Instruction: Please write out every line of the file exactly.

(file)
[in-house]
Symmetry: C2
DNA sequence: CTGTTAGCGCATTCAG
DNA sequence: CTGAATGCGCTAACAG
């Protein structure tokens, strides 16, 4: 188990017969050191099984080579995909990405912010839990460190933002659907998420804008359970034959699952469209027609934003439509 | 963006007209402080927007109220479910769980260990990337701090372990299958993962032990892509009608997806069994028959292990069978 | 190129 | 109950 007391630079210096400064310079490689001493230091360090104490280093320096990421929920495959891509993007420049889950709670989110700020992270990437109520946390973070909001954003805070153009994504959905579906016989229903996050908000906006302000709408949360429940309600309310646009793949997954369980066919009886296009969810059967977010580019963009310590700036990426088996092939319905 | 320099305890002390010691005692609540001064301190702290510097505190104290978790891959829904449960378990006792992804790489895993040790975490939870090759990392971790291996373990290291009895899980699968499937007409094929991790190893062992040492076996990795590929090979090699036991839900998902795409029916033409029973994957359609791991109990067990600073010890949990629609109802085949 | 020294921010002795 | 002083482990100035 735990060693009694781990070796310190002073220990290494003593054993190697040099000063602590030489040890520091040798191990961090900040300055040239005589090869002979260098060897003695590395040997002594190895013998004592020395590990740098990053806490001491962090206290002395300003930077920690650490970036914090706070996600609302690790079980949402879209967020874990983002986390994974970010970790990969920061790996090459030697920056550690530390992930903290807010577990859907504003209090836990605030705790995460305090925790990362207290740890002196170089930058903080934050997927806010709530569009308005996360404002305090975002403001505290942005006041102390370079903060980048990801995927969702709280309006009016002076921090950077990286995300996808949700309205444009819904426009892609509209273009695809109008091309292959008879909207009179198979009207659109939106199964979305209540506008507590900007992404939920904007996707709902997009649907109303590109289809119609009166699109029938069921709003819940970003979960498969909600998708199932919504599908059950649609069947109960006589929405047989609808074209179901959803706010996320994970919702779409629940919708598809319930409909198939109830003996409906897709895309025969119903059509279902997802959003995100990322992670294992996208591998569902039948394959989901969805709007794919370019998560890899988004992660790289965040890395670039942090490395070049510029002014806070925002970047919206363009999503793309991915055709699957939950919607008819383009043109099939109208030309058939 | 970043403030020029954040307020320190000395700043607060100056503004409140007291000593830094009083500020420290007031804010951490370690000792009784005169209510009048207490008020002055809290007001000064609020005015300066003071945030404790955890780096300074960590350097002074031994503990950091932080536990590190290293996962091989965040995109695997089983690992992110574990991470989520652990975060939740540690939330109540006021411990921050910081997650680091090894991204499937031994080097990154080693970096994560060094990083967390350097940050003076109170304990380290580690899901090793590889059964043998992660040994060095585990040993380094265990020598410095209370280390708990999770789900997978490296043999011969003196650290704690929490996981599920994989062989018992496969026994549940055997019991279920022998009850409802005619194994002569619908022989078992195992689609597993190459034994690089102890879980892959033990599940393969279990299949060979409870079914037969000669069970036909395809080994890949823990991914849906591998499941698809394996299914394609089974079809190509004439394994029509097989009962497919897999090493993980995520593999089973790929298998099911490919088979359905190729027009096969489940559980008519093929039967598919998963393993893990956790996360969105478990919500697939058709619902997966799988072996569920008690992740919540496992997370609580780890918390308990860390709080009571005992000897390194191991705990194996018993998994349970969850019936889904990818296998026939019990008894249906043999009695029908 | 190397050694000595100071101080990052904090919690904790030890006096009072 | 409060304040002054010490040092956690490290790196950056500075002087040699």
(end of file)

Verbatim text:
[in-house]
Symmetry: C2
DNA sequence: CTGTTAGCGCATTCAG
DNA sequence: CTGAATGCGCTAACAG
């Protein structure tokens, strides 16, 4: 188990017969050191099984080579995909990405912010839990460190933002659907998420804008359970034959699952469209027609934003439509 | 963006007209402080927007109220479910769980260990990337701090372990299958993962032990892509009608997806069994028959292990069978 | 190129 | 109950 007391630079210096400064310079490689001493230091360090104490280093320096990421929920495959891509993007420049889950709670989110700020992270990437109520946390973070909001954003805070153009994504959905579906016989229903996050908000906006302000709408949360429940309600309310646009793949997954369980066919009886296009969810059967977010580019963009310590700036990426088996092939319905 | 320099305890002390010691005692609540001064301190702290510097505190104290978790891959829904449960378990006792992804790489895993040790975490939870090759990392971790291996373990290291009895899980699968499937007409094929991790190893062992040492076996990795590929090979090699036991839900998902795409029916033409029973994957359609791991109990067990600073010890949990629609109802085949 | 020294921010002795 | 002083482990100035 735990060693009694781990070796310190002073220990290494003593054993190697040099000063602590030489040890520091040798191990961090900040300055040239005589090869002979260098060897003695590395040997002594190895013998004592020395590990740098990053806490001491962090206290002395300003930077920690650490970036914090706070996600609302690790079980949402879209967020874990983002986390994974970010970790990969920061790996090459030697920056550690530390992930903290807010577990859907504003209090836990605030705790995460305090925790990362207290740890002196170089930058903080934050997927806010709530569009308005996360404002305090975002403001505290942005006041102390370079903060980048990801995927969702709280309006009016002076921090950077990286995300996808949700309205444009819904426009892609509209273009695809109008091309292959008879909207009179198979009207659109939106199964979305209540506008507590900007992404939920904007996707709902997009649907109303590109289809119609009166699109029938069921709003819940970003979960498969909600998708199932919504599908059950649609069947109960006589929405047989609808074209179901959803706010996320994970919702779409629940919708598809319930409909198939109830003996409906897709895309025969119903059509279902997802959003995100990322992670294992996208591998569902039948394959989901969805709007794919370019998560890899988004992660790289965040890395670039942090490395070049510029002014806070925002970047919206363009999503793309991915055709699957939950919607008819383009043109099939109208030309058939 | 970043403030020029954040307020320190000395700043607060100056503004409140007291000593830094009083500020420290007031804010951490370690000792009784005169209510009048207490008020002055809290007001000064609020005015300066003071945030404790955890780096300074960590350097002074031994503990950091932080536990590190290293996962091989965040995109695997089983690992992110574990991470989520652990975060939740540690939330109540006021411990921050910081997650680091090894991204499937031994080097990154080693970096994560060094990083967390350097940050003076109170304990380290580690899901090793590889059964043998992660040994060095585990040993380094265990020598410095209370280390708990999770789900997978490296043999011969003196650290704690929490996981599920994989062989018992496969026994549940055997019991279920022998009850409802005619194994002569619908022989078992195992689609597993190459034994690089102890879980892959033990599940393969279990299949060979409870079914037969000669069970036909395809080994890949823990991914849906591998499941698809394996299914394609089974079809190509004439394994029509097989009962497919897999090493993980995520593999089973790929298998099911490919088979359905190729027009096969489940559980008519093929039967598919998963393993893990956790996360969105478990919500697939058709619902997966799988072996569920008690992740919540496992997370609580780890918390308990860390709080009571005992000897390194191991705990194996018993998994349970969850019936889904990818296998026939019990008894249906043999009695029908 | 190397050694000595100071101080990052904090919690904790030890006096009072 | 409060304040002054010490040092956690490290790196950056500075002087040699």